Yeah, so the $6.4 billion, we chose to target exactly what Teck says they will do by 2027. They want to build these five extra facilities, and then operate those facilities for 60 years into the future. We—well, I say we, but the engineer that we hired—calculated that these facilities would be enough to treat about half of the water that will be selenium loaded from these waste drop files. So you’re roughly treating half of the selenium problem with that $6.4 billion, which would have a big impact on the selenium levels in the system, but it wouldn’t be back to historic levels.

Umair Muhammad 17:31

And then I noticed that as part of the report, you included the response from Teck as well as the province to the report—or to the findings in the report. I guess the final report probably wasn’t given over to them. So could you talk about what what their responses were?

Simon Weibe 17:50

Yeah. So Teck mainly centered around their arguments that we either don’t know the reclamation policy very well and chose not to—that we just chose not to follow it.

Umair Muhammad 18:03

Who doesn’t know the reclamation policy? They don’t know or you don’t?

Simon Weibe 18:09

Teck argued that we don’t know. And there is some validity to that argument, because we know what’s written down in the liability report, the policy documents, but we don’t know what’s actually being followed. We know that things aren’t being included in the actual liability amounts that should be under the water treatment, facility construction and operation for 100 years into the future is supposed to be covered by the policy.

But we know Tech’s response to our document itself states that there are things that are not included in the policy that should be in their reclamation amount that should be—so things aren’t being followed. And we don’t know what and we would really like more transparency on the issue.

Umair Muhammad 18:54

Right, because we don’t know what happens when they go into the meeting rooms.

Simon Weibe 18:59

Yeah, that’s exactly right. There are places—and I believe Alaska and Nevada both have similar reclamation liability systems, but they make these calculations and the reports public. And they have public comment periods where organizations like us at Wildsight or MiningWatch, or the BC Mining Law Reform network, could look at these documents and say, “Hey, this is reasonable. We should charge this amount.”

Or at least we can we know what’s going in, and we could comment on it. But we really just don’t know. We know what should be in. And we know that it’s wrong, the amount that is being charged, but we’ve just been kept in the dark.

Umair Muhammad 19:39

Okay, so that’s concerning. And then, what did the province say?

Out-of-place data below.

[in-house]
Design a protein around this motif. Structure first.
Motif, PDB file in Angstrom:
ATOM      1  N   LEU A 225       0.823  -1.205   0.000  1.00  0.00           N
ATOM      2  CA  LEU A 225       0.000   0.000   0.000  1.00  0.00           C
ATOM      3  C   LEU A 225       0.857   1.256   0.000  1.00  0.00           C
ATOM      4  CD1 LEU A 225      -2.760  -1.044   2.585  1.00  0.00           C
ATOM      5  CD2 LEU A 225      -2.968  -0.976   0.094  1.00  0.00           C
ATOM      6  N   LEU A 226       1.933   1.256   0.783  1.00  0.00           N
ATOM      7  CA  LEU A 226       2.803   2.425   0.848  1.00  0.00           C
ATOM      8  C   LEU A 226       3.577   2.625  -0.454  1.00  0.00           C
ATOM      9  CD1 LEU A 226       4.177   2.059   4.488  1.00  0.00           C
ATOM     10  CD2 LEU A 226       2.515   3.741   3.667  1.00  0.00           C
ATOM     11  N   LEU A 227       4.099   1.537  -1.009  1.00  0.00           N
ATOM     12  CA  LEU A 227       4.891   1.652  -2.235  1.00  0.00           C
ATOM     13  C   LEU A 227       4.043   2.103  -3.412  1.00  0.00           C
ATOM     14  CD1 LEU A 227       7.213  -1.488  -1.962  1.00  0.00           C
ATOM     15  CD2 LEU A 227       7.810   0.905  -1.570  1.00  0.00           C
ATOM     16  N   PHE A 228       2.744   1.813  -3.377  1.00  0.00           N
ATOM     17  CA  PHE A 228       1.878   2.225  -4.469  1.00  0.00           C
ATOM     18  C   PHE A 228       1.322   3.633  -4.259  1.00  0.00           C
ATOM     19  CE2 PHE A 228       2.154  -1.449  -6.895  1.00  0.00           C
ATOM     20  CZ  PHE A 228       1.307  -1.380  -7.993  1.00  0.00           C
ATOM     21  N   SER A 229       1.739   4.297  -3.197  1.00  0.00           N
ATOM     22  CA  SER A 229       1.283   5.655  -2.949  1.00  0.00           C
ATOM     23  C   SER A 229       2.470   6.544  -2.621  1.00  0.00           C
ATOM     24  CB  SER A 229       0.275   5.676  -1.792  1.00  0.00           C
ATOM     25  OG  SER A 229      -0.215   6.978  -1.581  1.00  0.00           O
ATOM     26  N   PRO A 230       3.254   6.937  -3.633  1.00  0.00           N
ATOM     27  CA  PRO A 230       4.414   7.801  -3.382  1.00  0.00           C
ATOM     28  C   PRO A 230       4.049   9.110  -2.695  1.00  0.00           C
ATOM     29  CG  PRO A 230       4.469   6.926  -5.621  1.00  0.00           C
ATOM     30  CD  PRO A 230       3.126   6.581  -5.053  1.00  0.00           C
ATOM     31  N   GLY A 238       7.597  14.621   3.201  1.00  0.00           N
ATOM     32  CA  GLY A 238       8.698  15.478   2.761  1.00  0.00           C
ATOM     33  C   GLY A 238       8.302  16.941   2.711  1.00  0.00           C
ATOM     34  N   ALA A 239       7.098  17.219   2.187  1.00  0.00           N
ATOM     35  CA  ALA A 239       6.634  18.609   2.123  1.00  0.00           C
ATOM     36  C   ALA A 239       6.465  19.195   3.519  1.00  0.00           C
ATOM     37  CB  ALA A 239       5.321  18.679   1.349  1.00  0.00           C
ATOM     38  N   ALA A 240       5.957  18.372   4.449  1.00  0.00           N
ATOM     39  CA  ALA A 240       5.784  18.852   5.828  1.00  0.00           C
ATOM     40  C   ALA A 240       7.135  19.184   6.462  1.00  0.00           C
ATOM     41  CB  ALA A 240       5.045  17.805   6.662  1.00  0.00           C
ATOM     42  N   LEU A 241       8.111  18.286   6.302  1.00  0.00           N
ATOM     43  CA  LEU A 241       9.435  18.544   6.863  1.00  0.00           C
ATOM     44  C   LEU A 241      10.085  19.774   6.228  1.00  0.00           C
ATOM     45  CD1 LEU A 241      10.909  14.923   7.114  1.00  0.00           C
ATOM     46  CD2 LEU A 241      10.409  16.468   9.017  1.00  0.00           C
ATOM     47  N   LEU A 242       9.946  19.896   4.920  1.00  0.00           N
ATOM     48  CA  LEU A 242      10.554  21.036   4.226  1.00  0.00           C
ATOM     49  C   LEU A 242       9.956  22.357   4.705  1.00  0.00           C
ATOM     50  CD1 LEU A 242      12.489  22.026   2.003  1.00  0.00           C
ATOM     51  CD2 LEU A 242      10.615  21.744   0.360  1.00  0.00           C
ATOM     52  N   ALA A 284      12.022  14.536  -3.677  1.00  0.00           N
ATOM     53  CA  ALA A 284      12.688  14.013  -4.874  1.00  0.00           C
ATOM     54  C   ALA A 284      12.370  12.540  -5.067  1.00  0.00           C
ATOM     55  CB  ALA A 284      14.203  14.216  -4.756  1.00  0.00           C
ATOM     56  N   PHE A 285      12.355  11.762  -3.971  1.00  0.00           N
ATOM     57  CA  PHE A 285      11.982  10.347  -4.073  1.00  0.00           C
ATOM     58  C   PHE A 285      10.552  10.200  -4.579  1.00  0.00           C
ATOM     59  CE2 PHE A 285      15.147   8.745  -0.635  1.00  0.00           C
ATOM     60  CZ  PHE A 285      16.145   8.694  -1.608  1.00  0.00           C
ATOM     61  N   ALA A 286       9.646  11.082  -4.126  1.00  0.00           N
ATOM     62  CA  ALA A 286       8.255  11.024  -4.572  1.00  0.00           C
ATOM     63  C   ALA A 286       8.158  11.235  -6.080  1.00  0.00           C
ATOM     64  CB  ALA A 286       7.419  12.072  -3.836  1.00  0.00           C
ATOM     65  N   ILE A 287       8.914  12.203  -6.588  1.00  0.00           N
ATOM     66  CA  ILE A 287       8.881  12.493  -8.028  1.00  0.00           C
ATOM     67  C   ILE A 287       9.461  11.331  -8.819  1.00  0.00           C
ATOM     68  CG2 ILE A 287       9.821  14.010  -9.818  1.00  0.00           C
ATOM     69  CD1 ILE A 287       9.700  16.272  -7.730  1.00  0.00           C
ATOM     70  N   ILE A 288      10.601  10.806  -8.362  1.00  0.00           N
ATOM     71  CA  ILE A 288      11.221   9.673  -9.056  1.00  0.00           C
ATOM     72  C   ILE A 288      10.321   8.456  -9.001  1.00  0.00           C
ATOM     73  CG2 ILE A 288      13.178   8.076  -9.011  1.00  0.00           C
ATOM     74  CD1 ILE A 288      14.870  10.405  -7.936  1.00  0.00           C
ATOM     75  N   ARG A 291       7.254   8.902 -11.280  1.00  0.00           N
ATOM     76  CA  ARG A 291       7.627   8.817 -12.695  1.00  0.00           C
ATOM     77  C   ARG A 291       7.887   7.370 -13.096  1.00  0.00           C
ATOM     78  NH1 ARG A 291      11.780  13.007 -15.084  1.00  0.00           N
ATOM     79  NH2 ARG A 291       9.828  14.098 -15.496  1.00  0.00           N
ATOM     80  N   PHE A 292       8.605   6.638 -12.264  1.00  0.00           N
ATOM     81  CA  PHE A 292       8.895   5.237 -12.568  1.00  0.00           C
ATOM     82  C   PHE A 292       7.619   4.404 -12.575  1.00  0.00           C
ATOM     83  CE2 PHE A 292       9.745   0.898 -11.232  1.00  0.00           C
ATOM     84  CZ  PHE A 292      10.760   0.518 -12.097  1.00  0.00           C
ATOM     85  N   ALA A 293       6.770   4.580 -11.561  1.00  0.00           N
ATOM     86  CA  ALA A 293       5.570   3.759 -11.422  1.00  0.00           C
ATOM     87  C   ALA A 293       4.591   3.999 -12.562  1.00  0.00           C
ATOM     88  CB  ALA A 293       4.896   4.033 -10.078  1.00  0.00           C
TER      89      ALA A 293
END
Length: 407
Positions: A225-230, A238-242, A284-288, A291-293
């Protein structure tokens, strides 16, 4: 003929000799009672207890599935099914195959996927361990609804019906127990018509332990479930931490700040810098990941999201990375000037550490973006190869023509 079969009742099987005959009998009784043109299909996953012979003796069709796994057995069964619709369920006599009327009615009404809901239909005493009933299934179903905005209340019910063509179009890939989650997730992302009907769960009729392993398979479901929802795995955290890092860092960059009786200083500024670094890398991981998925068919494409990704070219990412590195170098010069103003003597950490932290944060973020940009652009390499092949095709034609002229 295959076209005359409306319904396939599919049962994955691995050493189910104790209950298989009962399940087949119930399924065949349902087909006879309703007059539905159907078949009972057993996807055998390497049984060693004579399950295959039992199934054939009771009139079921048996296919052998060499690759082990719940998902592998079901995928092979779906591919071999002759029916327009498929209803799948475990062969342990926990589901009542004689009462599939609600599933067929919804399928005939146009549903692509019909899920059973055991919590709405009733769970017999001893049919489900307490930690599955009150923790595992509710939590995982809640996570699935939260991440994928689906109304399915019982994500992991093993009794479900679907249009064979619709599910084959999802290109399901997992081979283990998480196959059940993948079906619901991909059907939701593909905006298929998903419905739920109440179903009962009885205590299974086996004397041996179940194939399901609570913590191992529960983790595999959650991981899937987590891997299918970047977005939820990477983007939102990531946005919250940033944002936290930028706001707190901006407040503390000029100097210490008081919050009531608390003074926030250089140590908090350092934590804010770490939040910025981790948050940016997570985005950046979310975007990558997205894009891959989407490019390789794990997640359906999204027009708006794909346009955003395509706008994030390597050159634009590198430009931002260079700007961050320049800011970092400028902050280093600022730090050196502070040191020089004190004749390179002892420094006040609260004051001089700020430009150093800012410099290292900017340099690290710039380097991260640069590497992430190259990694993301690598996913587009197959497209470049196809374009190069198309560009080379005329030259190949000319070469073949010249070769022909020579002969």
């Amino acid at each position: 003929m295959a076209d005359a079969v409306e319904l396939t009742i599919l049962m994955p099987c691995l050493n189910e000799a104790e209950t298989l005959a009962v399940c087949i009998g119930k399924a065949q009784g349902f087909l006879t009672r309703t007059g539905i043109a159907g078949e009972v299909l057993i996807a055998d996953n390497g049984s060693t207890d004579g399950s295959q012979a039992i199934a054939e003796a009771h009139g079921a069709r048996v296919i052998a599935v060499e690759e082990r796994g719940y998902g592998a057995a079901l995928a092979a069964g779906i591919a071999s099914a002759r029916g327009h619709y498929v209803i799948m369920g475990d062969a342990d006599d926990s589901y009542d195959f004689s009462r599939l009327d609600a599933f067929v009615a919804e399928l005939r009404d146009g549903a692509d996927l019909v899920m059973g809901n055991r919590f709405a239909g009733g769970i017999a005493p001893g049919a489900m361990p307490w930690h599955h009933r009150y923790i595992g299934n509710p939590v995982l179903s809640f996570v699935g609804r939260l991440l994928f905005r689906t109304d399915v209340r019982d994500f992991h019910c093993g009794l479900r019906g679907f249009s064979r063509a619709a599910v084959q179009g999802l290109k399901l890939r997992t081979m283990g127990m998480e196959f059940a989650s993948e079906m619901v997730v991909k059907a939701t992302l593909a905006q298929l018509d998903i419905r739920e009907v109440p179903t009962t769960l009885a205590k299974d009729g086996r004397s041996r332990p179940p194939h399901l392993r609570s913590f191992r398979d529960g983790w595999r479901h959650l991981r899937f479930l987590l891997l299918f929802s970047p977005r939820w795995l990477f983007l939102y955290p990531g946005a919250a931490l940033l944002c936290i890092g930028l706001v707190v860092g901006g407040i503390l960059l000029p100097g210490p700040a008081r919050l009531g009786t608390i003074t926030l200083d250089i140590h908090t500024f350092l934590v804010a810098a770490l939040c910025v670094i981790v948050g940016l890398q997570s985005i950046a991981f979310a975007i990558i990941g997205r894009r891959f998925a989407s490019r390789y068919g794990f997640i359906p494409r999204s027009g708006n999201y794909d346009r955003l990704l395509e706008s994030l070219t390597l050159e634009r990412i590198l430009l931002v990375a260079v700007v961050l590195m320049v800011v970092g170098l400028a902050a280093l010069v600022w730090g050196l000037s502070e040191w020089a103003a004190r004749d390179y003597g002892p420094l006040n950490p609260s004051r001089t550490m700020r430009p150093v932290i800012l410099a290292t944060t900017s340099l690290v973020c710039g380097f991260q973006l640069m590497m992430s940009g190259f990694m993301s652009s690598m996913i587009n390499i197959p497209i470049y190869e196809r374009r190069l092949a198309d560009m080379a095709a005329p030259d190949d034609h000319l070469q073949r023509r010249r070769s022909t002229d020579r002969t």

Simon Weibe 19:43

There are a lot of good people at the province that we’ve had chances to talk to. The response, I would say hasn’t been super substantial. Yeah, it’s difficult to say actually what we achieved by—just through discussions with the province themselves. Multiple meetings, as well as meetings with the federal government, but not a lot came out of it to be honest.

Umair Muhammad 20:08

So far! Just wait until this podcast is published.

Simon Weibe 20:12

Oh, we’re gonna crack it open, yeah!

Umair Muhammad 20:16

So then what are the next steps for Wildsight in addressing the issues that you’ve highlighted in the report?

Simon Weibe 20:23

Currently, Teck’s coal assets are in the process of being sold to Glencore. I mentioned their name earlier—as well as some steelmakers in Asia. But this deal is currently under federal investigation with the Investment Canada Act. We’re hoping to get some sort of response on that in the next few months. Nobody really knows, but we’ll see what happens.

And our main goal on this coal issue is to keep the pressure for enforcing stronger bonding reclamation requirements. We’re not here to try to scuttle the deal. That’s not our plan. What we want to make sure is that there are environmental protections in place for this deal. If that could be achieved, then I would be—I would feel a lot more comfortable as a resident of the Kootenays.

Umair Muhammad 21:18

And then, finally, what can listeners do? Especially those who live in southeastern BC? What can they do to support or even get involved with Wildsight’s efforts in their own communities?

Simon Weibe 21:32

Yeah, absolutely. We have a lot of things going on.—we’re always putting on events. We have offices all over the Kootenays—Nelson, Crest,Revelstoke, Golden, Kimberley, Cranbrook is our main one. We love to have people get involved. Newsletters, we got everything—there’s something to interest everybody. I feel like anybody who lives in the Kootenays could benefit from some of our materials at least. So please do check us out.

Umair Muhammad 21:59

We’ll include a link to the report as well as to the website where people can get involved in the description to the podcast. Thanks so much for taking the time, Simon.

Simon Weibe 22:11

Thanks for having me on. I love the work you guys do. And it’s good to be a part of it.

Umair Muhammad 22:20

Thanks to Simon for taking the time to come on the podcast. And thank you, listeners, for tuning in. If you’re not subscribed, we encourage you to do so. We also encourage you to share this podcast with anyone you know who might find it interesting. And really, who wouldn’t find it interesting? This is enthralling stuff. So I say just send it to everybody.

And make sure to check out the episode description for a link to the report Simon and I chatted about. You’ll also find a link there to a page where you can become a member of Wildsight. Thanks again for tuning in. We’ll see you next time.